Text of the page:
I WAS AT the base of the tree, adjusting my climbing stand’s platform to the perfect upward angle so that it’d level out 20 feet off the ground. The stand’s scraping against white-oak bark sounded remarkably like bucks sparring. That was just what I was thinking to myself when I looked up and saw a flash of movement 70 yards up the ridge.
I dropped to my knees and glassed, straining to confirm what I thought I was seeing: a deer, slinking silently through wet leaves. I focused on a back leg, the hock stained black. A thick neck and an antler frame twisted toward me, and then a buck lurched into full view.
I had two choices: I could try to guess the buck’s age and do a quick, rough calculation of the rack’s score, or I could drop the binos, pick up my bow, and try to kill him. I couldn’t do both, because the buck, slightly above me on the ridge, was loping into chip-shot range.
I’m susceptible to tunnel vision in moments like this. Once, on a muzzleloader hunt in Kansas, I was waiting on a monster buck that I’d seen cross a power line clearing out of range the afternoon before. I’d made myself a makeshift ground blind out of johnsongrass and ticks, and I was spending the final five minutes of shooting light with bated breath, my rifle on Trigger Sticks and my thumb on the hammer.
When a buck suddenly appeared 30 yards to my right, there was no doubt that he was not the deer I’d been hunting. And yet I shouldered the gun as if I were reacting to a springing teal. I saw the crosshairs hit his shoulder, and I plowed him over in a brilliant plume of fire and smoke. Looking at the 90 inches of antler that the buck had grown in his short two and a half years was like getting news of an unplanned pregnancy. It’s hard not to smile looking back on all the fun leading up to the fact, but you know that this isn’t a habit to fall into either.
I was in the woods with my climber on a spur-of-the-moment hunt—the kind that, for whatever reason, seems to work pretty damn often. It was October 25, and I had no pictures of a big pre-rut buck moving in the area with any sort of regularity. And it was still too early to catch a cruising buck from one of my best rut stands. But it was bow season, drizzling rain, and 20 degrees cooler than it’d been all fall, and you’ve got to have sense enough to hunt on a day like that.
So I knocked off work after lunch and hiked into a block of timber where I’d spent several mornings of the previous turkey season. Back in April, it seemed every third sapling on that ridge was scarred by an old buck rub, and as I yelped for gobblers, deer darted about like cats off a crazy woman’s porch. It was good, deep cover, landlocked by posted property on all sides except one and accessible only by foot—just the place to try to stumble into something on a cold-front day with no specific plan.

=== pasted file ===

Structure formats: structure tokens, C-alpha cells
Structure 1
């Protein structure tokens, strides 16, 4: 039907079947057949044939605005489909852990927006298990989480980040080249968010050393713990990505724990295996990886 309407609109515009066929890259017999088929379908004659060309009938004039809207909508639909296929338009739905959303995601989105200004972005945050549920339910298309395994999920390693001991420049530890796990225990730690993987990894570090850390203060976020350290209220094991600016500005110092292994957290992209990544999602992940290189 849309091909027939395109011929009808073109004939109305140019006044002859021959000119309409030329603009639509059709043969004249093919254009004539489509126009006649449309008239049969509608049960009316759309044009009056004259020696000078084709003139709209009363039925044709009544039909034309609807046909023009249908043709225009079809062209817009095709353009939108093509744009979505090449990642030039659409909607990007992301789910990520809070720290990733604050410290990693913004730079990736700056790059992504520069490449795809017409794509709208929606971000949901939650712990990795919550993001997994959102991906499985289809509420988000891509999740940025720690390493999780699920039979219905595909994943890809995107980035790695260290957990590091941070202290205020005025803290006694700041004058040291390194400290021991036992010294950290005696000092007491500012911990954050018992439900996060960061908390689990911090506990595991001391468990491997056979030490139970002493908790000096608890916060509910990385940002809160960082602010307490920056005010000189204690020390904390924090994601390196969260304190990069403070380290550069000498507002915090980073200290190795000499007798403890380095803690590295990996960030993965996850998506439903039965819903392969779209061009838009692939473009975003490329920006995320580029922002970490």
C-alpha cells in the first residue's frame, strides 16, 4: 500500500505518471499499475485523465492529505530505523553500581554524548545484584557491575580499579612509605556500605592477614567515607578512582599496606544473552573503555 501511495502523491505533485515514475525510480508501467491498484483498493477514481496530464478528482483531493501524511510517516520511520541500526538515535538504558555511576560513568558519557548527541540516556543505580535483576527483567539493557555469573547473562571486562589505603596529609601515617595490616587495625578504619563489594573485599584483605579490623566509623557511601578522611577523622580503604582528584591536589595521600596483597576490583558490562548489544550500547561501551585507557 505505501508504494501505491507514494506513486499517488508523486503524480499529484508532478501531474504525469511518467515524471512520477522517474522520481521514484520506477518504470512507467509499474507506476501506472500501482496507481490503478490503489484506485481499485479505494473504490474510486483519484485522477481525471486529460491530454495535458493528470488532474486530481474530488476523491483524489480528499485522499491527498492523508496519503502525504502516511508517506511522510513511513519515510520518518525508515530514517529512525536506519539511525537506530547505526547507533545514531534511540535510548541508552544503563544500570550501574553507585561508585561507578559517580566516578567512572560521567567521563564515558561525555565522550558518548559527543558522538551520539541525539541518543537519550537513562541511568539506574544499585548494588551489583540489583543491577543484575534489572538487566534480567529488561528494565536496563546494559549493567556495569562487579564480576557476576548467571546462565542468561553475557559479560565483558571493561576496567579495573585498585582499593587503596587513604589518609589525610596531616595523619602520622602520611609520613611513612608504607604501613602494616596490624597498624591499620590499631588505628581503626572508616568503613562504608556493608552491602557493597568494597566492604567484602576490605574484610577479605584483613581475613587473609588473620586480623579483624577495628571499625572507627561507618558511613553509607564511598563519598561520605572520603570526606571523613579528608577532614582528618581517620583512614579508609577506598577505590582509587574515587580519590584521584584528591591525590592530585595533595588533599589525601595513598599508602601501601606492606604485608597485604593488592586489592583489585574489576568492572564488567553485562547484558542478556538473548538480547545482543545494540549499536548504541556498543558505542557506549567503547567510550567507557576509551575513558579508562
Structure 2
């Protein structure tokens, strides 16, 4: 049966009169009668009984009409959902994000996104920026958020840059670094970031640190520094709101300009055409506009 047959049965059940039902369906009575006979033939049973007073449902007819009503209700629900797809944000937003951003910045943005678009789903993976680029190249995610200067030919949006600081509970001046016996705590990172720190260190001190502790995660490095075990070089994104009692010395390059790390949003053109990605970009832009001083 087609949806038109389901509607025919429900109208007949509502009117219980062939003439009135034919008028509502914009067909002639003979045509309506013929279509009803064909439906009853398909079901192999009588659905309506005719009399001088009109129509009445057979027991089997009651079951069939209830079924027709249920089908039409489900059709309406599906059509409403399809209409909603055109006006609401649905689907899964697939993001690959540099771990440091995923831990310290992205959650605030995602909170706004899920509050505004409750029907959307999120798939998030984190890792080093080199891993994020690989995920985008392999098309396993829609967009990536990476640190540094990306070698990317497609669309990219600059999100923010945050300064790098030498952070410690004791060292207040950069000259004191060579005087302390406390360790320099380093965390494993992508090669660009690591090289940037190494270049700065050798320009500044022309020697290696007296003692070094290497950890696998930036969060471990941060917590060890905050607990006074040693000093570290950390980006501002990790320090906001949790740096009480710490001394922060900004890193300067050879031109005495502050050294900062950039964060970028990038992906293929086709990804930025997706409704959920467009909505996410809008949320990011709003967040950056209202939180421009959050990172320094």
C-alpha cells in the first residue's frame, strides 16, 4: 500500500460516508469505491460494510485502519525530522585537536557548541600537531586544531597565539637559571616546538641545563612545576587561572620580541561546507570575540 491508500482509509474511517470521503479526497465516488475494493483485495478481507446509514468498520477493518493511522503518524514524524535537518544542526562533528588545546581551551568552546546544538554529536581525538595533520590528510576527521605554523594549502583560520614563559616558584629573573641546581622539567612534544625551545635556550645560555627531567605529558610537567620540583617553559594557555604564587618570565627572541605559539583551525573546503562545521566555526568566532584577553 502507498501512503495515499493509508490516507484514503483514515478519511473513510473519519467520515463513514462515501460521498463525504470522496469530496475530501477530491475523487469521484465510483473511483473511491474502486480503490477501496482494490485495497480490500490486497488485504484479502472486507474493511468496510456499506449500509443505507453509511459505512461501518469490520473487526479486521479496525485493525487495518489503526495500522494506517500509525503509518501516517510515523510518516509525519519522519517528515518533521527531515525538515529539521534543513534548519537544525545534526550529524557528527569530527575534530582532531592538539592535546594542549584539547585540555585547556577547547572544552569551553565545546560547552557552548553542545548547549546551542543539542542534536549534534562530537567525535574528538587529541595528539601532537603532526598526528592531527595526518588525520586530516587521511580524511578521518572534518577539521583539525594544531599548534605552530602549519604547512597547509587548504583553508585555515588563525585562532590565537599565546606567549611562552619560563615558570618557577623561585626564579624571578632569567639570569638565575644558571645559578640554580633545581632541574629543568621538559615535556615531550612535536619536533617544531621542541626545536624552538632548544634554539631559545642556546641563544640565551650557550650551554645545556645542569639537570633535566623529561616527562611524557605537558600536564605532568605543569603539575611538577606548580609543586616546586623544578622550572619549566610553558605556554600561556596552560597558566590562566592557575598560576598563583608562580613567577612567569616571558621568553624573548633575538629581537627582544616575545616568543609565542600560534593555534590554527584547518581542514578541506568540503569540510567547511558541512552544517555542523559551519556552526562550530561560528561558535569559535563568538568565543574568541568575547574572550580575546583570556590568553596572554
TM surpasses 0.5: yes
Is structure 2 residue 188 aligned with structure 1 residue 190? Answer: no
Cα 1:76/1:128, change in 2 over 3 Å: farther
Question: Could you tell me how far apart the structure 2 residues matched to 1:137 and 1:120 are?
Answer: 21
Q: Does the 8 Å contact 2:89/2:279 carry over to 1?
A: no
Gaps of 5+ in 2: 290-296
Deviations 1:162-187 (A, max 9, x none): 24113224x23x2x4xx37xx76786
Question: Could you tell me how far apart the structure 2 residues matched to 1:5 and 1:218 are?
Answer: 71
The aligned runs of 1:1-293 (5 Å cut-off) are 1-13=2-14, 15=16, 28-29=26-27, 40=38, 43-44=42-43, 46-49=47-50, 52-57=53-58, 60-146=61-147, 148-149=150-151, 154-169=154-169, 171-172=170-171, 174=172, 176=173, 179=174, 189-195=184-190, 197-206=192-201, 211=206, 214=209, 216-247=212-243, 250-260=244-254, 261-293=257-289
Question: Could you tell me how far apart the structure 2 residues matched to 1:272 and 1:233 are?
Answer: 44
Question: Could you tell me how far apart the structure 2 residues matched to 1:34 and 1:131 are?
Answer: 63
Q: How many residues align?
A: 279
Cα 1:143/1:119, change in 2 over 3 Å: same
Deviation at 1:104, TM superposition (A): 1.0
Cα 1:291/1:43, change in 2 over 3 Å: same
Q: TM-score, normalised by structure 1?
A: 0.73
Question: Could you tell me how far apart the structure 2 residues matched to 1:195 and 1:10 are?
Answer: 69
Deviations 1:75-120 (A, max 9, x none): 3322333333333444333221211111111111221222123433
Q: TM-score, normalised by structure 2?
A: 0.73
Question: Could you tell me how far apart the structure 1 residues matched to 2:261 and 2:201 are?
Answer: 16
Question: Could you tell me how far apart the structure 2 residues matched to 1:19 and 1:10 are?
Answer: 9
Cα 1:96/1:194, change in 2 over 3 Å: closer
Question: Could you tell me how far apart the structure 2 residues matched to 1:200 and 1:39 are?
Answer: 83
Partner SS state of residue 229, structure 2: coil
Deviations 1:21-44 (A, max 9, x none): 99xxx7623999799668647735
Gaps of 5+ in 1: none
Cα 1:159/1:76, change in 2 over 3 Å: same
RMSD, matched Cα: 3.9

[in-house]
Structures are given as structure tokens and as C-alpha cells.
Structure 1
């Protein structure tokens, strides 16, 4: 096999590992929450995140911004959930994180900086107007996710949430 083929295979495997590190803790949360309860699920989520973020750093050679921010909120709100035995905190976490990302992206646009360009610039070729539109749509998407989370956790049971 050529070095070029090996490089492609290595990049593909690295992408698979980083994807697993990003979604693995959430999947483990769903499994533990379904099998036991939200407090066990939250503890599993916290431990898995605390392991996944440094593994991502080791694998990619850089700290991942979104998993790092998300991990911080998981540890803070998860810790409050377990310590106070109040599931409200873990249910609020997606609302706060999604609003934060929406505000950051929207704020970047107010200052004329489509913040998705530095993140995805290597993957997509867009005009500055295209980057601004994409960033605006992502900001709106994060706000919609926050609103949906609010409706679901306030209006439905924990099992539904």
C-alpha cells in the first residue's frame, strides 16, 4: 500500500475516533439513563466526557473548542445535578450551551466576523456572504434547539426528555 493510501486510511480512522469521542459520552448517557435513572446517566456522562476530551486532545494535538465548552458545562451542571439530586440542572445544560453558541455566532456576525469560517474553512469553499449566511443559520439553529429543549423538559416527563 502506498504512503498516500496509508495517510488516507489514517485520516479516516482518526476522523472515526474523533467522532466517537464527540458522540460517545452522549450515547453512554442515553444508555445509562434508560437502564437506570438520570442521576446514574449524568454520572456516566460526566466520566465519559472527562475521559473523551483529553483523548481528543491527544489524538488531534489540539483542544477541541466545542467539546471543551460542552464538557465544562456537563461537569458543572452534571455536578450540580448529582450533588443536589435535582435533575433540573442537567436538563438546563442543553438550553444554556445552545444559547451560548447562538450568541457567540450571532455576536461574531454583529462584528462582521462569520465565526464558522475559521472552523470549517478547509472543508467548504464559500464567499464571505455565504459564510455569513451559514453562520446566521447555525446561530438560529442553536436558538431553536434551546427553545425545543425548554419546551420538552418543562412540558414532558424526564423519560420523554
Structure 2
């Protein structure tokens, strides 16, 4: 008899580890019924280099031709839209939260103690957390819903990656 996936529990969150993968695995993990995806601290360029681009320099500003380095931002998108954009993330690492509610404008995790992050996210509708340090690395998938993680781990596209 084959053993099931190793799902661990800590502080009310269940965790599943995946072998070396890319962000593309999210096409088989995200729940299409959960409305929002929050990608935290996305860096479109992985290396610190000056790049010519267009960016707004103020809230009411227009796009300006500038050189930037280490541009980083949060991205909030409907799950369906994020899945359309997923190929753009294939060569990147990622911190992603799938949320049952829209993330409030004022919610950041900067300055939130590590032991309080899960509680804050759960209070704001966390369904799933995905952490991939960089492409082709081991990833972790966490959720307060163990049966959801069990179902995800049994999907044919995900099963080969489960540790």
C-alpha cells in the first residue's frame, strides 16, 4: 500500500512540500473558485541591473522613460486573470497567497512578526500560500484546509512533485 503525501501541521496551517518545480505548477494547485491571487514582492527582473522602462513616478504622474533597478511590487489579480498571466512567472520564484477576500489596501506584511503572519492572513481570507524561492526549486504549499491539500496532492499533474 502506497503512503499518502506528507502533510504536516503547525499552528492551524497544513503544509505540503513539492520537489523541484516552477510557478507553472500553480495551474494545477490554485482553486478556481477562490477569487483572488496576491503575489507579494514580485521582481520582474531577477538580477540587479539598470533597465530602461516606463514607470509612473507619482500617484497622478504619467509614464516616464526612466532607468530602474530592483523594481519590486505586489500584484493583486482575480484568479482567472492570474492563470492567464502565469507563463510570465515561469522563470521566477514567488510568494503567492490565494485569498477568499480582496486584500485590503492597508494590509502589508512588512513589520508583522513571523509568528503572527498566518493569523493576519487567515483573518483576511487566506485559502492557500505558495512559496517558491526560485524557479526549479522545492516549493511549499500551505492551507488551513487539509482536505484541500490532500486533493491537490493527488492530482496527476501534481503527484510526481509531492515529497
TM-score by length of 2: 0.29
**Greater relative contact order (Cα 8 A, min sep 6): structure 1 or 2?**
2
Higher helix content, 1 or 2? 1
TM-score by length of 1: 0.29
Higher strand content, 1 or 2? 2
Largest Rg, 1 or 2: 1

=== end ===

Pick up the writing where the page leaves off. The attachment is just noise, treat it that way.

I flushed a veritable covey of deer while trying to sneak in. There was snorting and stomping in every direction. But I was there, and the place was whipped over with fresh sign. I figured I might as well climb a tree and sit till dark in the cold rain. I made it as far as adjusting the climber before it hit the fan.
Now I was kneeling and hugging the tree trunk, 25 yards away from a buck that I could tell was pretty good, but not big—a deer that I’d pass on given any bit of normal levelheadedness. And yet my release aid held to my D-loop as if it were cemented there, and my knees had somehow arranged themselves into a perfect shooting position.
I couldn’t draw without getting busted. Then the buck, nervous because he couldn’t see the intruder he’d heard, spun to leave, waving his tail in a not-scared-but-still-leaving kind of way. I could’ve let him go right there and enjoyed the memory of a fascinating encounter. But I’d already committed—the second I saw that black hock, if you want to know the truth of it. So I grunted at him, completely ignoring the inner voice saying, You know better than this.
He came trotting back, and this time I was drawn and anchored when he stepped broadside at 45 yards. He was dead by the time I stood up; I could see his white belly, almost glowing, up ahead in the damp, open hardwoods.
And so I found myself in familiar straits, looking over a 3½-year-old 8-pointer that had two missing brow tines and a G2 snapped off at the base. If you had told me that the buck had 90 inches of antler remaining, I’d have said, That’s very kind of you. My one and only Kentucky buck tag of the season was now filled, about a week before things would really get good.
Sometimes my buddies give me hell for getting hot-blooded and killing deer that I “shouldn’t.” They’re right, I suppose, but if I feel bad about anything, it’s usually just that my tag is burned and I’m done buck hunting. And to be honest, I take a little pride in this character flaw too. That 8-pointer gave me one of the coolest hunts I can remember and a good story to tell. Old habits can be hard to break—especially when you don’t really want to break them.